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The ‘Jewish Question’ in German Literature 1749–1939Emancipation and its Discontents$
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Ritchie Robertson

Print publication date: 2001

Print ISBN-13: 9780199248889

Published to Oxford Scholarship Online: October 2011

DOI: 10.1093/acprof:oso/9780199248889.001.0001

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Introduction

Introduction

Chapter:
(p.1) Introduction
Source:
The ‘Jewish Question’ in German Literature 1749–1939
Author(s):

Ritchie Robertson

Publisher:
Oxford University Press
DOI:10.1093/acprof:oso/9780199248889.003.0006

The ‘Jewish Question’, the problem concerning the position of Jews in Germany and Austria, was widely discussed from the 1770s onwards. Emancipation culminated in 1871 with the bestowal of equal rights on all Jewish citizens of the newly formed German Empire. Along with progress towards emancipation, the Jewish presence in German and Austrian culture became increasingly conspicuous, reaching a peak of brilliance and diversity in the Weimar Republic, before being annihilated or sent into exile by the National Socialist regime. The focus of this book is on the Jewish presence in German literature. It aims to render the ‘Jewish question’ more intelligible by looking at its literary expressions. While the main focus is on the period 1880–1930, it also goes back to the eighteenth century to show how the project of Jewish emancipation was closely tied to an Enlightenment philosemitism which was problematic from the outset.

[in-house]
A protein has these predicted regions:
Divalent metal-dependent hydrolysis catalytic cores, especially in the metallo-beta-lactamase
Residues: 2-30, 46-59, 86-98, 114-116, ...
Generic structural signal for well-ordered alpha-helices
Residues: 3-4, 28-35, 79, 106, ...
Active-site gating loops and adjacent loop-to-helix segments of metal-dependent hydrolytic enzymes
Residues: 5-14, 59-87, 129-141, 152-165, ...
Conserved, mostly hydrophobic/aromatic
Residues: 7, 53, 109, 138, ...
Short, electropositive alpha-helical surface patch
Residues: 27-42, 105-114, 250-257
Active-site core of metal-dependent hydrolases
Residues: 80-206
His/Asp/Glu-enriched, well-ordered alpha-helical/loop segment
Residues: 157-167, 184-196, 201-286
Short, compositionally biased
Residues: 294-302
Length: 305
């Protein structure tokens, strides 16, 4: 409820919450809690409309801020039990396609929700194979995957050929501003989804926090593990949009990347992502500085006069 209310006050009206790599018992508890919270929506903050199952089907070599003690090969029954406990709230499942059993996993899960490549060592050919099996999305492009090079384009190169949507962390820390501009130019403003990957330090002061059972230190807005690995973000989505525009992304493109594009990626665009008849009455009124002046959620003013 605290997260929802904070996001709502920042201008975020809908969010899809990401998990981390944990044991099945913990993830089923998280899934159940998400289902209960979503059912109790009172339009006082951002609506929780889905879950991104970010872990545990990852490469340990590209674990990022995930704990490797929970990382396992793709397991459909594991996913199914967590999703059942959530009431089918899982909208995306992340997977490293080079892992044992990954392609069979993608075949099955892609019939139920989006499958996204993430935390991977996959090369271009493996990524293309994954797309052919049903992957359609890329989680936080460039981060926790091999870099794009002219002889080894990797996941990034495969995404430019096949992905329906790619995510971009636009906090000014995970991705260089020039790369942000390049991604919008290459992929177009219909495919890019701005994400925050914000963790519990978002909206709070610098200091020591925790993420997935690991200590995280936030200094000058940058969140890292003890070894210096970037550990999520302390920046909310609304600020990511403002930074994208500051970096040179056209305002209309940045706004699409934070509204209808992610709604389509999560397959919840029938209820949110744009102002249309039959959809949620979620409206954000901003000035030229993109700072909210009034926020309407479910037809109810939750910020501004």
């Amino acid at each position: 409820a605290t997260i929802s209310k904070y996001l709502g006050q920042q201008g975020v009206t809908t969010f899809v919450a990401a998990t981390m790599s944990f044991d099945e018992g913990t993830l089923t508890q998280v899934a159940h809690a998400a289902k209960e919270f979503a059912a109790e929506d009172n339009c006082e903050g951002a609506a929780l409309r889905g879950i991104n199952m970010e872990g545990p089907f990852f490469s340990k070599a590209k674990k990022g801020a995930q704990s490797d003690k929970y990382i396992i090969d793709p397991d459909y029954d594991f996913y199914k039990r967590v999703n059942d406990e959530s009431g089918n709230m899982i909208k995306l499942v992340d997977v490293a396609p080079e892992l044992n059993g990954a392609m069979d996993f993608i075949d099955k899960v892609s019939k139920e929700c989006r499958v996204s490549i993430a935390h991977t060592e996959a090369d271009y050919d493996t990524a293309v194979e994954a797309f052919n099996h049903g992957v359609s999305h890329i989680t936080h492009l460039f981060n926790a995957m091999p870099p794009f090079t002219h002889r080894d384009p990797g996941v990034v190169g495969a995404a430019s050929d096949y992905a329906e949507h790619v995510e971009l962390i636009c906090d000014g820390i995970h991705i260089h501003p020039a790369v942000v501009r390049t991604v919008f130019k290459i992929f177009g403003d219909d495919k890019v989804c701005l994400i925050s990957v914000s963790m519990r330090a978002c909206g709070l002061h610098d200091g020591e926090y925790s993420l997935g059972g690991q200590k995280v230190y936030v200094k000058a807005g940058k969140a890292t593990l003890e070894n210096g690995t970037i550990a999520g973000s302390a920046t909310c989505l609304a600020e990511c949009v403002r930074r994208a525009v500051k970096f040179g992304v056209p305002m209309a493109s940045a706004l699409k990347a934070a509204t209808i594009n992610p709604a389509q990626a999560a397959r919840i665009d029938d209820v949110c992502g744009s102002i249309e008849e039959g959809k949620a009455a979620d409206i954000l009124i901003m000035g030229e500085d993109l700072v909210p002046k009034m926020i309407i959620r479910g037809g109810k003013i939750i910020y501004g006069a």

Keywords:   Jewish Question, Jews, Germany, Austria, emancipation, Weimar Republic, National Socialist regime, German literature, Enlightenment philosemitism

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